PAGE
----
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THE ARIZONA REPUBLICAN.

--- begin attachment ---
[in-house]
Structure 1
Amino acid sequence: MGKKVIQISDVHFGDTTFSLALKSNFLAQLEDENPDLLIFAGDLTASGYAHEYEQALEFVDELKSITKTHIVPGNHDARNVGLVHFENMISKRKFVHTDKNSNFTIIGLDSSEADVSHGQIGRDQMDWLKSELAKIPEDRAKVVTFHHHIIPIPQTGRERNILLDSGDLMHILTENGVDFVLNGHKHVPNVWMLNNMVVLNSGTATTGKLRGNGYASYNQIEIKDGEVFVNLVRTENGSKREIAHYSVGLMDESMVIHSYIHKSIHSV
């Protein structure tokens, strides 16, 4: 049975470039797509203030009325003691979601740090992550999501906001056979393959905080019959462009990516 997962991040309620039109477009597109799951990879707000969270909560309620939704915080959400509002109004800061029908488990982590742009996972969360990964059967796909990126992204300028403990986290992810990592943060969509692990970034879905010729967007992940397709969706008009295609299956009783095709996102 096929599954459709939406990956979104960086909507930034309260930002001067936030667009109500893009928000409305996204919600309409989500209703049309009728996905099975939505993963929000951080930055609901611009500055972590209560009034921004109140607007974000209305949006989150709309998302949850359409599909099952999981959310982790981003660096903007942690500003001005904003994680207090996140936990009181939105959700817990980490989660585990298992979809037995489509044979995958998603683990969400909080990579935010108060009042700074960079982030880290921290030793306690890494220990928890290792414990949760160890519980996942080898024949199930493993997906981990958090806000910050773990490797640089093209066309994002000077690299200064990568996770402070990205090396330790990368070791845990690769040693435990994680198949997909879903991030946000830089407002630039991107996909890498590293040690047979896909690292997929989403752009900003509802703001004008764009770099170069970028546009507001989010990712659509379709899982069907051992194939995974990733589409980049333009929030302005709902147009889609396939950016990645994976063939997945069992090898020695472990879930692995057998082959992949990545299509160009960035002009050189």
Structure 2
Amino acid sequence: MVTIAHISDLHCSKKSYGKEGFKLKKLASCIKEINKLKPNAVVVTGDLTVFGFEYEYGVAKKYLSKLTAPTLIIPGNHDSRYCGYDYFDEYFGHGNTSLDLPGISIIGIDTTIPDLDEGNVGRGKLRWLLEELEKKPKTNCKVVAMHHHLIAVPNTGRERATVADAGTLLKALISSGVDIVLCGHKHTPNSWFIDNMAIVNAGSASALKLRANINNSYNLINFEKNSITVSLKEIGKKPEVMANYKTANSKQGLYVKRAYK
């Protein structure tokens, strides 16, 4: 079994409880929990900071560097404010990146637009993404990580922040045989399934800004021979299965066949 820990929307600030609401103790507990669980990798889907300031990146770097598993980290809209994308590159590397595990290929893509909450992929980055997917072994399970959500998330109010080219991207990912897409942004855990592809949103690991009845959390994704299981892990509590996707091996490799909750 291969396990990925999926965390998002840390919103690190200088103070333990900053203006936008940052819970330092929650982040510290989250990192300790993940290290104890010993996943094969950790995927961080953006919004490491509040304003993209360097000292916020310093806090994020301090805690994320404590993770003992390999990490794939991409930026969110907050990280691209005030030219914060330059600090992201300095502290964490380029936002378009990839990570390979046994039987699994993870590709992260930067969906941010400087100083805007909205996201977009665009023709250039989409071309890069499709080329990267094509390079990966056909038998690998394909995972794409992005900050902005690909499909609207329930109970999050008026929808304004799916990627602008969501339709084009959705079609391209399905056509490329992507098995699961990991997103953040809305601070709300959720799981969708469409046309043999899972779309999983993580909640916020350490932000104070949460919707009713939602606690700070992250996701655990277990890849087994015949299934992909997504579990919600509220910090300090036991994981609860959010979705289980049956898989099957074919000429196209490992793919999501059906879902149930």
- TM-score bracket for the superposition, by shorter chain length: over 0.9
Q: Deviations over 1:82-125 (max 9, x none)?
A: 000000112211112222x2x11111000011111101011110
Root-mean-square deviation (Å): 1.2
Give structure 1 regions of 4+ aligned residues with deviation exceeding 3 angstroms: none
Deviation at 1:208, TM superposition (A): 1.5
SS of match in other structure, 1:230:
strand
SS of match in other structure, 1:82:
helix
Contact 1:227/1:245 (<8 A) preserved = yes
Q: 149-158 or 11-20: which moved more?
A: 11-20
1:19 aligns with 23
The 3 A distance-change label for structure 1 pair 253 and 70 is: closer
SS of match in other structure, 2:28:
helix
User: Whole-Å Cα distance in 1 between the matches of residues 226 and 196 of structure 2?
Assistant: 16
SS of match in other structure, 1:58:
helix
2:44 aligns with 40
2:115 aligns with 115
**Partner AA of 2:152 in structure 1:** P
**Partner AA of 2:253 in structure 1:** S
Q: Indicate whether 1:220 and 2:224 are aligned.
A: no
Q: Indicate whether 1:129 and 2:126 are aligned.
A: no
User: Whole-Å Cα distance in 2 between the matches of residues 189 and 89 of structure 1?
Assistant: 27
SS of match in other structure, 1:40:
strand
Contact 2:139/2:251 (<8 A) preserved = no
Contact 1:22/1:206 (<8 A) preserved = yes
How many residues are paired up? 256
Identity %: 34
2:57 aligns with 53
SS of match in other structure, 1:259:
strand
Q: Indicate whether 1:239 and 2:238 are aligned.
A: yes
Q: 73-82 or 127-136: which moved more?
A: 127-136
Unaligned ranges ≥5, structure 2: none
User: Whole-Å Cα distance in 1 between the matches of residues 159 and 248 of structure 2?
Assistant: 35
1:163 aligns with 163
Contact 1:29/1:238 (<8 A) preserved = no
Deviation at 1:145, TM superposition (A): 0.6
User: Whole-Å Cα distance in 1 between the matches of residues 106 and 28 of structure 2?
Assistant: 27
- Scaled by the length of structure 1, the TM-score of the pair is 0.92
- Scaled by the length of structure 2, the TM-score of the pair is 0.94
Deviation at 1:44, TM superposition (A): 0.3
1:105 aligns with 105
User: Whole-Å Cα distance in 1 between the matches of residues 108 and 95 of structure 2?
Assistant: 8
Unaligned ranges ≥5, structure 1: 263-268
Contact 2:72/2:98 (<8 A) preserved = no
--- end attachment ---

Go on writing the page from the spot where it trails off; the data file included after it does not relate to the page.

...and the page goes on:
FHCENIX, r ARIZONA, THURSDAY MORNING, SE3EJ!4BEir3;;;1896.;v,j :TPV? VIT- ;NO. v?2. SEVENTH YEAR. HIS LIFE TO THE LEPERS Eight Territorial Library, S16 Successor to Father Damien Interviewed. Describee the Terrible Condition of the Leper Colonies at Canton, China, and Macao. San Francisco Chronicle: Rev. Father Coamrdi, who, (or the past 'eight years, has been in charge of the leper settlement at Molokai, in the Hawaiian islands, succeeding the late father Damien, is spending a few days with Henry Hoffman, at 458 Guerrero street, preparatory to seeking a cli mate for the winter where he will find relief 'from asthma, contracted on the wind swept leper Island in the Pacific. Slather Conrardl ,lhas iglven -his life to the care of lepers, and has made a deep study of that dread disease. On the island where he (has 'been stationed there are about 1,100 persons afflicted with it Two priests look after them, and are assisted toy five sisters of the Order of St' Francis. According to Father Cbnrardl's statement, made yes terday, while the Hawaiian govern ment spends much money for their cure, but little good is accomplished, the greater portion of the $80,000 or $90,000 annually apwvDriated being expended in salaries for a number of useless officials. After leaving tlhe islands, Father Comrardi visited the leper colonies at Canton, in, China, and at Macao. In the former place he says the condition of the colonists is most pitiable. "The Chinese regard leprosy as a curse and any one who would think of going to the place as being accursed." said the priest "The government only allows five yen, a year, about $2.50, for the support of each leper. When one is sick and needs assistance he is left to his own care. The government fur nishes neither medicines nor bandages, . two prime requirements. I would stay there and minister to their wants If I could get enough for my support, but the government will not allow it. I would build, a hospital to care for them, but that requires money. "At Macao the condition is a little better. The lepers are given a certain amount of rice each year. The wants of the females, iboth at Macao and Canton, are looked after by some French and Italian lay sisters. Last year they received over 2,000 persons, including 1,500 iDames. They are called casters of Carrossa and Sisters of St. Paul de Chartres. They raise and ed ucate icnese oruiaren. umey, too, are in mudh need of money." ... Rumors of an uprising among the Chinese and against the whites came to Farther Conrardl from a reliable . source before his departure. He says there is a great feeline of unrest, and he looks for serious trouble before the end of the year. He says the natives are dissatisfied with their treatment. ' At Molokai. in the Hawaiian Is- lands, the natives attempt to raise a little fruit and corn, tout as the plants approaon maturity a withering wind comes along and -blights everything. If the Hawaiian government would erect windbreaks, it might be possible to raise .fruit As it is now the lepers have become discouraged and are lazy ana indifferent. They attend school aoout as tney please. The govern ment requires the girls to remain with the sisters until they are 16 years of age, hut after that they do as they please. While the majority of the lepers have been converted to Cathol icity, the remainder are either Cal- vinlsts or Mormons. During his stay here Father Con rardl will visit the lepers at the pest house. "If there I would be willing to stay among them ana minister to their wants, he said l have messages for some of them from friends in Honolulu." Father rCoarardl was well informed regarding their condition, and knew the names of several of them. In the virtues of the Goto remedy Father Conrardi puts but little faith. He is well acquainted with iDr. Goto and has frequently dis cussed with him the chances of curing the disease. Both had come to the conclusion that it was incurable. BLEW OUT THE GAS. Wyoming Fanner. Narrowly Escapes Death at New Albany Hotel. KANSAS CITY, Sept 2.--A tall, raw- boned young man, wearing a gray suit of clothes and a wide brimmed hat walked into the New Albany hotel yesterday and wrote on the register, L. M. Huss, G. N. P., Wyoming. He was assigned to room 41 on the sec ond floor, and about 11 o'clock he went to bed. Night Clerk Joseph Welsh had occasion to go through (the hall on the second floor about 2 o'cloqk this morning and as he passed the room occupied hy Huss he caught a strong odor of gas. The transom was open and the gas was pouring out into the hall. Welsh knocked on the door of No. 41, but could get no response. He tried th- elock and found it fastened, He "'became alarmed and summoning help, broke down the door. H uss was found in peaceful unconsciousness and he was dragged out into the hall, where, after considerable work, he was 'd. (When foe opened mis eyes ma fcought was that ihe was being It was with difficulty that he could be persuaded that he had been rescued from dealh. What did you blow out the gas for?" asked Clerk Welsh. "Well, I (had to 'git the darned thing out some way, answered the stranger. I ala 't used r sleepln' in the light." PRESS ASSOCIATION. Visit McKlnley and Listen to Words of Deep Wii.m. CANTON, Sept 2. Eighty-six mem bers of the Republican Press associa tion of West Virginia, called on Major McKinley yesterday afternoon.. W. P. Morris acted as spokesman and in con clusion., of his remarks, said that the vast wealth of West Virginia was chained and helpless without protec tion. In response Mr. McKinley said that the Republican cause wa? nev r Trt just and .righteous than it is th":3 year and the triumph of its principles wa never more essential to the general welfare of the American people than: now," nothing being more essential to the standing and progress of a country than the preservation of its credit and financial honor, and - nothing being more indispensible to business and prosperity than that the currency of the country shall he so honest that it can cheat nobody. But lying beneath all these, and more important than all, is the preservation of law and order, the .reign of domestic quiet The peo ple appreciate that a great crisis is up on them and the way to avert that crisis is for the patriotic men of every section oc wie country to unite and act together, to the common cause of the country. TQUNG PEEL TOO GAY. A Letter Responsible for Breaking of jMigiism engagement. LONDON, Sept. 2. The sudden run- ture of Sir Robert Peel's week old en gagement to Ella, daughter of Lord Ashton, has caused much talk and has called rorth the publication in the Daily News, of which Lord Ashton is part owner, of a statement announcing that the engagement was unauthorized and that there is not the remotest pos- Biuuiijr oi sucn a marriage takine place, it is now reported that the rupture was caused by the fiancee's receipt of a letter from a woman who was a friend of Mrs. Lamgtry and Ab indon Baird. This she showed to W father and the latter Sir Robert Peel, who was staying at Ryelands, his conge. me two first met a month am anA it was a case of love at first sight Sir Robert invited Lady Ashton and Miss Ella to Brayton, and on the third day of their visit he 'proposed and was accepted. Lord Ashton consented to t)he engaement and promised to sup- h'uiwi. sir rvooen. reel s income of $25,000 by giving his daughter $75,000 yearly. ' SPILLED HOPS. Methodists Surprise a New Salrvm Started in Their Camp. LEAVENWORTH. Kan. Sat o The Methodists of this conferee fl'ia- trict "have been holdime a fl.m Tvm Af iriff lui ire tci ai ua.ys near Bonner Springs iu ; v mruiouai lownsnip, tnis county. A large crowd attended, most of whom sieep in tents. ! Wednesday night Dave TTllt:f.ri in a and Bob Dorr went out to Bonner with a wagon load or beer and toint ifixtiiwy. wuuie tne church rjeonle wer nalnon Wednesday night, Hutehins and Dorr pitonea tneir tent in the Methodist camp, .wnen -fine Methodists awnl-o this morning they were astonished to see a big tent with 'efreshmens printed on it in iaree letters and .hnr tenders standing around wearing white aprons. Itiutcnins and Dorr were nn the road to jail within an hour and the wquor was spilled and their temporary saioon a wrecK. CAUGHT IN FIRE. Forest Fires Overtake and Destroy the Herds to Oregon. PORTLAND , Ore., Sept 2 Forest fires are raging between Oak Point and Eagle Cliff on the Washington shore on the Columbia river. An area Ifliree miles square has already been burned. It is reported that dozens of cattle have ibeen 'burned, one rumor placing the number at 200. Many millions of feet of lumber have been hurned, estimates running as high as 20,000,000. Benson's logging ana lumiDer camp, with all the build ings, was destroyed. Many animals dropped dead from the excessive heat PARDONED OUT TO DIE. TOPEKA, Kan., Sept 2. Governor Morrill signed the .pardon of D. R. Jones, who, in 1894, commenced an at- tonement for dishonesty. While act ing as county clerk of Barton county he acquired about $6,000 by false pre tenses and forgeries on the county treasurer. The serious illness of the convict was the leading argument in favor of clemency. His death is con sldered a matter of but few days. FORNINST FREE - SILVER Gold Democrats in Con vention. About Eight Hundred Dele - gates Present. Governor Flower of New York, the .Choice for Temporary , Chairman. INDIANAPOLIS, Sept 2. Senator John M. Palmer of Illinois called the convention of gold Demerits to order at noon today in Tomlinson hail. The gathering exceeded expectations both in point of menrbers and the states represented. The lists in the hands of Secretary Wilson . show over 800 delegates present representing forty one or forty-two states and territories. After calling the convention to or der Chairman Palmer said: "Gentle- n-n, l 'have the honor tor a moment to r- r-ide over the first National Dem octaMc convention held Inthe year 1896. ..We are assembled here for lofty, inobl" snd patriotic purposes. Our .earnes: c,vire ig to serve our country. ' And ia : sincerity of that earnest purpose, ts may appeal to the judge of all hearts. We may appeal to the great master, the great governor, I heg you now, listen to the invoca tion by Bishop White of the diocese of Indiana." ':,:' Ex-Congressman Outhwaite of Ohio read the call for the convention after the prayer. In reading the reference to Jefferson, Jackson and Cleveland Outhwaite put particular stress upon Cleveland s name and brought the del egates to their feet with cheers louder than any gone before. . In roll call Colorado answered "Solid delegation of one," for California, John P. Irish answered "Here," adding that his colleagues had 'been delayed by a 'railroad accident.., Montana be ing called, a gentleman announced. "A solid delegation; here it is."' At call of New York her seventy-two dele gates arose. General - Bragg of"- Wis consin declared Hhe presence of a full delegation, adding ilhat ' they are- all Democrats, honest men, honest money and honest government. Idaho, iNe vada, Utah and Wyoming twere the only states whose names passed un answered. Alaska's single represent' ative was cheered. Oklahoma and Indian Territory had no spokesman Senator Palmer introduced Mr. Bren- ham of Wisconsin, who read the re port of the National committee. The recommendation "that rules "which governed the last Democratic conven tion, which was held in 1892, should govern this .convention," was cheered to the echo. The report - recommend ed ex-Governor Flowerpot New York for temporary chairman and John R Wilson of Indiana, temporary -seen tary. The mention of Flower'6 nam was the signal for a burst of applause which swelled into a war cry. Et Governor Jones of Alabama and Geo. F. Peaibody of Massachusetts escorted him to the stage. Senator Palmer shook hands with ex-Governor Flower. who bowed in response to the demon strata on. General Flower read hi? speech from manuscript in a clear voice. It was frequently interrupted with eipplause. President Cleveland a name elicited i ovation. His characterization of Bryan as "amtritious, unsteady and un safe," as a "demagogue and word jug- eler. raised a storm of applause. Flowers statement that bimetallism was a genuine Democratic doctrine was received in silence. lower s epeeeft was concluded at 1:45. The states were then called for members of com mittees, etc. The convention then tooK a recess until 4 o'clock. BY BULLETIN. Suggestions of WatJtersoh for presi dent which seemed to have been high ly satisfactory yesterday, seem to have gained no ground today. The Kentucky delegation Is pledged for Buckner for vice-president and the sentiment seems to be drifting back to the original ticket suggested at Chi cagoBragg and Buckner. The con vention will complete permanent orga nization and then adjourn till Thurs day, as a (big mass meeting has been arranged for tonight, at which Colonel Breckenridge of Kentucky, oolonel Fellows of New York and Mr. Ehrlch of Colorado and other orators will speak. Ex-Governor Flower, who has been selected as temporary chairman of the National convention, will de liver tihe opening speech. Dr. Everett's assertion that Massa chusetts and New England were here to back up the west and south in pre serving the honor of the countrv. caused great enthusiasm. He said Massachusetts was against all class distinction, that it was for poor and rich alike and knows no distinction between north and south or between east and west He said Massachusetts stands by President Cleveland who has steadily maintained the honor of the country. The committee on permanent orga nization reports in favor of Senator Caffery of Louisiana as permanent chairman. The committee reports in favor fWr fnT7 j ITT1 IJlTITinT fiPV the permanent National organization, ft - th ft ill I D GuijlJlII of the party here represented and the " 1UJ1A ui,u A"UUJJU"- report was accepted. I .. Senator Cattery took the chair and , said the action of the Chicago con- vention in packing that convention by throwing out he Michigan, delegates, leaves the real Democrats free and none are in any way bound by its ac tion, which in its platform was in al most every way tin-Democratic . and non-patriotic He predicted that the party of the Chicago convention will (be a "wander er and a fugitive on the face of the earth." He says free coinage as pro posed will rob tihe poor man of his wage, the rich man of his wealth, the soldier , of his just remuneration and be the repudiation of just and honor able debts. He says we are not to be driven from the house of our fathers, nor driven into the camp of the B i puhlican party: white Democracy lasts,'0 the republic shall last and with it hu man 'liberty. He says we are the up holders of the old Democracy doc trine and we appeal to the people to unfurl the flag of the old Democracy, which .was never sullied by repudia tion or dishonor. Caffery in closing called on all true Democrats to rally for their country's liberty and honor. called to the platform to address -the.'ST vaug mca' 01 aWMe" convention. He said we are here to. defend what is dearer than life our National honor and integrity. Irish referred to the Populist convention at Chicago and the Populist convention at St Louis as the twin conventions, but by no means the "Heavenly Twins." Irish strongly attacks the protect ive tariff policy of the Republican party and says we must do what we can to resent such a policy, as well as against . the policy of the traveling representative silver mine owner. - The convention, adjourned at 6:40 until 11 a. m. tomorrow. : - IRISH'S STATEMENT. ' He Says Bryan Will Lose California, Oregon and. Possibly Nevada. INDIANAPOLIS, Sept. 2 John P. Irish of California, who has been one of the most active. leaders of the gold Democratic movement on the Pacific coast, says the people of the east are not aware of the conditions existing on the coast and declares that three Btates, California, Oregon and Wash ington cannot be carried for Brvan and that there is a possibili ty !ihat.Nv vada will be carried against him. "In California, said he, "there are en rolled 25,000 Democrats who will not vote for Bryan. The Populists con cede that there are 12,000 Republicans wno will vote for Bryan. They are those who are discontented and be long largely to the class of men who want to remodel the attains of 'the world. -rnere is a curious alliance on the coast between millionaires and those wno have nothing to lose an case of dis - aster. Those who are for the Chicaeo ticket are big millionaire mine own- owners. Gold mine owners are not for the ticket. They want the price of their gold enhanced and would like to put their working men on silver. Fruit growers, manufacturers, and all business men that want business ac commodations 'from time to time, and tne men tney employ are aeainst Bryan-. They want stability. California, Oregon and Washington will not vote for Bryan. He will bo beaten in California by 15,000. There is 'also a fair m-osneot tihal he will ibe beaten in Wevada. The two senators and one representative It congress credited to Nevada are resi dents of California. Many citizens of Nevada resent this. They would lik to have men who represent them in their nearest relations (with the Na tional government to be residents of their own state.. This feeling is e strong .tmat at may result an defeatinjs Bryan, wno nas been so strongly sup ported by the three men, Jones. Stew art and Newlands, who now represent une state. " Mr. Irish says the majority of the ualirornia delegates prefer Bragg and Buckner for a presidential ticket GLAD SWEET SONG, Famous Tenor to Be Married to a Di vorced Countess. LONDON, Sept. 2. Jean de Reszke. the famous tenor, is soon to be mar ried to the Countess de Mailly Nesle. Both are Catholics and they cannot marry after the latter's divorce from her husband except hy a dispensation from the pope. It is believed this has been obtained and the wedding is like ly to take place on De Reszke s estate in Poland, during the early part of Oc tober. It is also understood that the tenor will abandon the stage in 1898. HOMESTRETCH. Driver of a Horse at Green Bay Ex pires to His Sulky. GREEN BAY, Wis., Sept. 2. John Holmes, a well known horseman of the western circuit, drove Pewabic under the wire a dead man at the trot meet ing here yesterday in the 2:06 trot Holmes had Pewabic for first place within ten feet of the finish. Then his head fell forward, the lines slackened and the horse was stopped after pass ing the judges' stand. Holmes wa. dead. First One and Then the Other. Pastor Tries Both and Finds Gospel the Best. Leaves the Pulolt to Sell Rum The Saloon Falls to Hay and Goes Back to Gospel. : The New' York Journal relates the !x!.of a Jer9ey sm - .. clergyman who last summer created sensation hy severing his connection with. the. South Bergen Classis ana opening a ibeer' saloon at Fifth ana ' Garden streets, Hoboken, has now giv en, up the saloon and returned to the ri - T"!""8 um .,1. . M .1 v ,l! .1 ' 3 . TTZTx- , XT' - Hered the pulpit, in charge of the Ger- . i .. , .". ' , i i . it iunts ii tMiiuc&WMi iiiiu pol ished German. - He says he never could , see any harm in he saloon business,, if it wag properly conducted, except for the prejudice against' it On opening place in Hoboken he declared that " he was forced into the business to save his family from want, his salary as pastor hardly proving sufficient to buy ghoes for them. Feicke's venture, however, did not prove a success. At first quite a num ber of people were .attracted to his ear-. loon by curiosity to see how- .the clfgy' . man could mix a cocktail or operate the ale pump, .but after the . novelty wore off the place somehow seemed to be shunned by the respectable portion' of the neighborhood, the people, ap-v parently, having an instinctive feeling that the clerical saloon combinatSoB was not altogether appropriate. Mr. Feicke has a mortgage of $1,609 on the place he opened last year. Since tnen ne nas managed to pay that oft and to clear only $125, which now rep- resenra nis capital. He was suspense by the South Bergen Classis for his . contumacy in refusing to live on a '.. pittance - allowed (him for preaching, - ' but made a hot fight on the question ot' his right to sell beer if he saw fit He propounded a series of questions oa this subject to the Classis, but that' body never answered. The pastor's saloon was always a moral place and conducted in the most orderly manner. He has now dispose of it, and started yesterday for Be- - lehem. The 'pastor's wife and family are i bow livi-ne m New York- oitv row f will join himi in Bethlehem as soon E ! n i seated in his new home. NO CONVICT COAL. Penitentiary Directors Refuse to lae- - - :. cept a Bid. LEAVENWORTH. Kan.. Sent. . The directors of the Kansas peniten tiary met yesterday to let .the contract lor the ; output of the Kansas coal im-me. There was only one bid sub mitted, that cf J. Husev of Arkansaa City,, who offered 85 cents a ton fnr screened1 ' lump. The hoard did not care- to accept such a low hid and rp jected it on the grounds that it twos not accompanied by a certified elie' for $1,000. . There-was a great demand for tjjin penitentiary coal contract until rat months ,ago and it was let for $1.S0 a , ton. Hard times and labor fiehts on the coal have caused the change. Com mittees, from labor organizations were present today and protested against the letting of any contract. At nre- ent there nre over 200 conldt uj'i.ars doing nothing but supplying coal fiar state institutions. FELL HALF A MILE. Frightful Death of a Woman Aeronaut Not Far From St. Louis. ST. LOUIS, Sept 2. Victoria lie Roy made a balloon ascension from the - new county fair grounds near Dwyer station on the Missouri Pacific. At a height of about forty feet her para chute became disengaged and fell to the ground. She struggled to extri cate her left arm from an iron ring through which it was passed, but be fore 6he could do so she was at least -200 feet in .the air. She clung to the trapeze bar, but it was only a question of time until her strength would faH her.. - At a height of nearly half a mDe the woman aeronaut lost her hold and . fell somersaulting to the ground. She crashed through a tree, 'being not only killed, but indescribably mangled. Her husband saw her death. EIGHT GAMBLING DENS RAIDED. ARDMORS, I. T., Sept. 2. Unitwl, 'States marshals raided eight gambling; dens in this city, capturing as many layouts, and illuminated Main street , with a series of bonfires, burning all the paraphernalia captured. The rai caused great excitement among tie members of the profession. 1